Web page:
“When total fiber intake was at approximately 21 grams per day, the risk of depressive symptoms reached a relatively low level, which has important public health implications,” the researchers wrote in their paper, due for publish in the October 2018 edition of the journal Nutrition.
The results were consistent even after adjustment for a wide variety of potential confounders, they added.
The researchers from The School of Public Health of Qingdao University looked at data from the 2007 to 2014 National Health and Nutrition Examination Survey (NHANES) results, a publicly available data set of the dietary habits and nutritional status of more than 16,000 US individuals.
They were building on previous research exploring a link between dietary fiber consumption and depression symptoms, such as a 2016 study published in the same journal, which suggested that higher fiber intake among Japanese employees may result in lower risk of depression.
But the combined scientific literature on the topic reveals mixed results, with many researchers of such studies arguing that outcomes may be specific to different populations.
“Thus, the purpose of the present study was to evaluate the associations among dietary intakes of total, cereal, vegetable, and fruit fiber and depressive symptoms in US adults,” the researchers of this present study wrote.
Public health implications
The authors concluded that, based on NHANES data, US adults who consumed 21 grams of fiber per day were less likely to exhibit depression symptoms as defined by the survey’s parameters.
They evaluated dietary fiber intakes of total cereal, vegetable, and fruit fiber intakes.
However, the usual intake of dietary fiber averaged only 15 grams per day in most Americans, “thus, increasing intake of the foods rich in dietary fiber may be advocated for the prevention of depressive symptoms,” the researchers wrote.
This conclusion mirrors that of several other studies that found a positive link between higher dietary fiber intake and lowered depression symptoms. Possible explanations on the conflicting results with other studies include the different parameters to measure depression symptoms as well as different study population demographics.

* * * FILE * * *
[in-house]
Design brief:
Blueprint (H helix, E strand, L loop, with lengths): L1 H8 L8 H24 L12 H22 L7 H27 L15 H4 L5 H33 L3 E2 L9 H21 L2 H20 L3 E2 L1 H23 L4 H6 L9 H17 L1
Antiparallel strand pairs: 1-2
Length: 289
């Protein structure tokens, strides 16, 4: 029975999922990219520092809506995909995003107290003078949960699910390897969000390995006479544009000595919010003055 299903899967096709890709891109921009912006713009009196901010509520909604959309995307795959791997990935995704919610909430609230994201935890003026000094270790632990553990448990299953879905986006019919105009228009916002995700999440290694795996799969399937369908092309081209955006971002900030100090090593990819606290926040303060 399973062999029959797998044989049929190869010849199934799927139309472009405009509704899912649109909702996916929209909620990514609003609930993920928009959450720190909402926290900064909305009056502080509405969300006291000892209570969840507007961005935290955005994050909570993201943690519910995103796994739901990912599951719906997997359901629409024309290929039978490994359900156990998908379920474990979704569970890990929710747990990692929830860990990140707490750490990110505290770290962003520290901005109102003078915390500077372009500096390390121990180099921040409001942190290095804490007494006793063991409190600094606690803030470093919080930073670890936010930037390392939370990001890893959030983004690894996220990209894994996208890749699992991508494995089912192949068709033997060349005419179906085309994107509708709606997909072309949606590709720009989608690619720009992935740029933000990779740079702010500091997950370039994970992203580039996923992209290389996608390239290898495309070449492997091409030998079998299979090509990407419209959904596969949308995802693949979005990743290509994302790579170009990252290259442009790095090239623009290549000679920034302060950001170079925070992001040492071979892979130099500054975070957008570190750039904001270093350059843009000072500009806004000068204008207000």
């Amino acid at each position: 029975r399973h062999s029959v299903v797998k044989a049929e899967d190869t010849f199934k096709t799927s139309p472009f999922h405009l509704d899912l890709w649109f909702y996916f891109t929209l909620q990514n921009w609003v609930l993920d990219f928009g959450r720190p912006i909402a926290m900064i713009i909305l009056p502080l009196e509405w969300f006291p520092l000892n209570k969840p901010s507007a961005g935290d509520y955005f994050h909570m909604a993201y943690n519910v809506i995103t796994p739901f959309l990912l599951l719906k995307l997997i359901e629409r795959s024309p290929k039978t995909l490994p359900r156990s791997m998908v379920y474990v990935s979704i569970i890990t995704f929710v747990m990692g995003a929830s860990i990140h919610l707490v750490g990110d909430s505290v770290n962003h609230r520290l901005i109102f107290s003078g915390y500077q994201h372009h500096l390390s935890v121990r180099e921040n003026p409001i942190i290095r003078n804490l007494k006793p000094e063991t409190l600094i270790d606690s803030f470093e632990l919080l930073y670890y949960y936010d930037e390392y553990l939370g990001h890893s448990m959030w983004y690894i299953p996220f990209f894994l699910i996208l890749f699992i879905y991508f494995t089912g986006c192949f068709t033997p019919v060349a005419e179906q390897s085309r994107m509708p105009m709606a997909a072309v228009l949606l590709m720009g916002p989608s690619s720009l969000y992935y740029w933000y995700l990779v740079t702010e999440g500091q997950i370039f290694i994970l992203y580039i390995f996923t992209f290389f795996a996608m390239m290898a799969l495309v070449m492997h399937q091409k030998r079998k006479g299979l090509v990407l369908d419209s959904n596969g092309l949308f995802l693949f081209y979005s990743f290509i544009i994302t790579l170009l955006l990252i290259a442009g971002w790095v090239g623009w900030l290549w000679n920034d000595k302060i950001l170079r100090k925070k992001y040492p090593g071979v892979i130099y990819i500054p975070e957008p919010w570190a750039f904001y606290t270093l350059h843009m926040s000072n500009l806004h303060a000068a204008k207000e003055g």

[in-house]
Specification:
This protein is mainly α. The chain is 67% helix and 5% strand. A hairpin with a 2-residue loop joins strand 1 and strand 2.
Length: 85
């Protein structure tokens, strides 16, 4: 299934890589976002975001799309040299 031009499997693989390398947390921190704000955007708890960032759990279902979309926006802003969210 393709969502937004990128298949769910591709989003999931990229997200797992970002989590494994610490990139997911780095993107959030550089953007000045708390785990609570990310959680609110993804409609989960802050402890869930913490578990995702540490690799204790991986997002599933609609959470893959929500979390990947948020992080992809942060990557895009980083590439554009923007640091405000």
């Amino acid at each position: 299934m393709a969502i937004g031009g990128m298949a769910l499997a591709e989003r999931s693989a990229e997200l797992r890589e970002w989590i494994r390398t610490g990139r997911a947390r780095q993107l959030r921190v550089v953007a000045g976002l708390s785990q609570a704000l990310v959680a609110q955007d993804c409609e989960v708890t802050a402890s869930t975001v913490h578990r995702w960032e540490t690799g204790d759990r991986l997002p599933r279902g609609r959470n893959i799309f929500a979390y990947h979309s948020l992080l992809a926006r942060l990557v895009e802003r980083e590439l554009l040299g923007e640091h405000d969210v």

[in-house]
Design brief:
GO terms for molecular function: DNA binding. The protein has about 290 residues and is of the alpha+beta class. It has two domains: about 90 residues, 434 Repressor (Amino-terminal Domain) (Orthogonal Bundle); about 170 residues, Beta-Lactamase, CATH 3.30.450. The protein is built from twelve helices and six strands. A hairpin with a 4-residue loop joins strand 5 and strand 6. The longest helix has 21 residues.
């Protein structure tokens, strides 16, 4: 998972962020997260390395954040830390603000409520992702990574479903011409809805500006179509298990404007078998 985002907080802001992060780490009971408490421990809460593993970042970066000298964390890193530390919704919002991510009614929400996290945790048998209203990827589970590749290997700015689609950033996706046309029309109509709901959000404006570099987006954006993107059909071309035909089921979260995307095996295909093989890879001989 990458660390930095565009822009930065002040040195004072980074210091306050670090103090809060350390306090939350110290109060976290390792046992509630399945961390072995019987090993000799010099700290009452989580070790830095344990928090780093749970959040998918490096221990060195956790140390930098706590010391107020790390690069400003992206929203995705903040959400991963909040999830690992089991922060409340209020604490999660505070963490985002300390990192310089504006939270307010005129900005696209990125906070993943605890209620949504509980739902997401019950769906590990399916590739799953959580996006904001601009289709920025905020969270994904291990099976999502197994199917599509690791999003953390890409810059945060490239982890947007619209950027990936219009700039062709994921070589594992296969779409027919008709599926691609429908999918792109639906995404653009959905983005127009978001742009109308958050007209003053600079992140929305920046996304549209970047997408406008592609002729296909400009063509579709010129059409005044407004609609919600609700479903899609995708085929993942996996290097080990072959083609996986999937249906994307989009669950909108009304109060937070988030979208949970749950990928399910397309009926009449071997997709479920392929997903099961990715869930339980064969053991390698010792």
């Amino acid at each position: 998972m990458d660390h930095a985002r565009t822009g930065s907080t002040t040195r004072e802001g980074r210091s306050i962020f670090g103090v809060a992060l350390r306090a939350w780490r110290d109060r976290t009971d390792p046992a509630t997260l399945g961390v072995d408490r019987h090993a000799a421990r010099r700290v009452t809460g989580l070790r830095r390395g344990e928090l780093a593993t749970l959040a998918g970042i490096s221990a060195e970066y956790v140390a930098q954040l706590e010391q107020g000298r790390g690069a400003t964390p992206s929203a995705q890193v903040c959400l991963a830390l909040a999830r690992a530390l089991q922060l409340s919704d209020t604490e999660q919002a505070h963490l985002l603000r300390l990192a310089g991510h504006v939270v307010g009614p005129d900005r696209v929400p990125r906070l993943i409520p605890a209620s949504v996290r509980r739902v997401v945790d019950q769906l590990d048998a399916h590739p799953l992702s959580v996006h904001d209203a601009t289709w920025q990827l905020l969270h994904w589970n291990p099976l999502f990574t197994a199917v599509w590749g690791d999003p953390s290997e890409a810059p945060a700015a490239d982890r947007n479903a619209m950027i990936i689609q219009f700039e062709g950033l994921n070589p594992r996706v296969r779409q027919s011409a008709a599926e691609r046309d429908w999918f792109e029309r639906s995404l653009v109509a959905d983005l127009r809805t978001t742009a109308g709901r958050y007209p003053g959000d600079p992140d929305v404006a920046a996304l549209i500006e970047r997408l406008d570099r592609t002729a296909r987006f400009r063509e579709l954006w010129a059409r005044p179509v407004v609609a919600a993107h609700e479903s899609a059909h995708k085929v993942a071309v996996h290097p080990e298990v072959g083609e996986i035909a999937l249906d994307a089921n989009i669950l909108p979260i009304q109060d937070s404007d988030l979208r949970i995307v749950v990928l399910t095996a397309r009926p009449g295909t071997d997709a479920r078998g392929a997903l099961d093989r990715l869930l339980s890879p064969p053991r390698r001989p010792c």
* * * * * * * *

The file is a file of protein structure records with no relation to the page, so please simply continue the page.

The underlying mechanism of dietary fiber’s impact on depression “remains poorly understood,” the authors added, but they postulated that dietary fiber may modulate the composition of the intestinal microbiota, in turn influencing brain function—a concept dubbed the ‘gut-brain’ axis.
This concept is gaining more popularity not just as a subject for study by researchers, but also as a tool for dietary fiber manufacturers to market their ingredients as ‘prebiotics,’ fibers that can selectively feed beneficial bacteria in the gut to provide health outcomes to the host.
For example, a study presented at the Probiota Americas 2018 conference in Miami last month by Dr. Monika Fleshner of the University of Colorado Boulder revealed that prebiotic supplementation in rats can armor against stress by altering brain structure.
Another proposal is that dietary fiber may lower glucose levels after a meal, inhibiting the inflammatory processes caused by a blood sugar spike.
“Further large-scale prospective studies are needed to confirm our findings,” they added.
Published online ahead of print, https://doi.org/10.1016/j.nut.2018.03.009
“Exploration of the association between dietary fiber intake and depressive symptoms in adults”
Authors: Hui Xu, et al.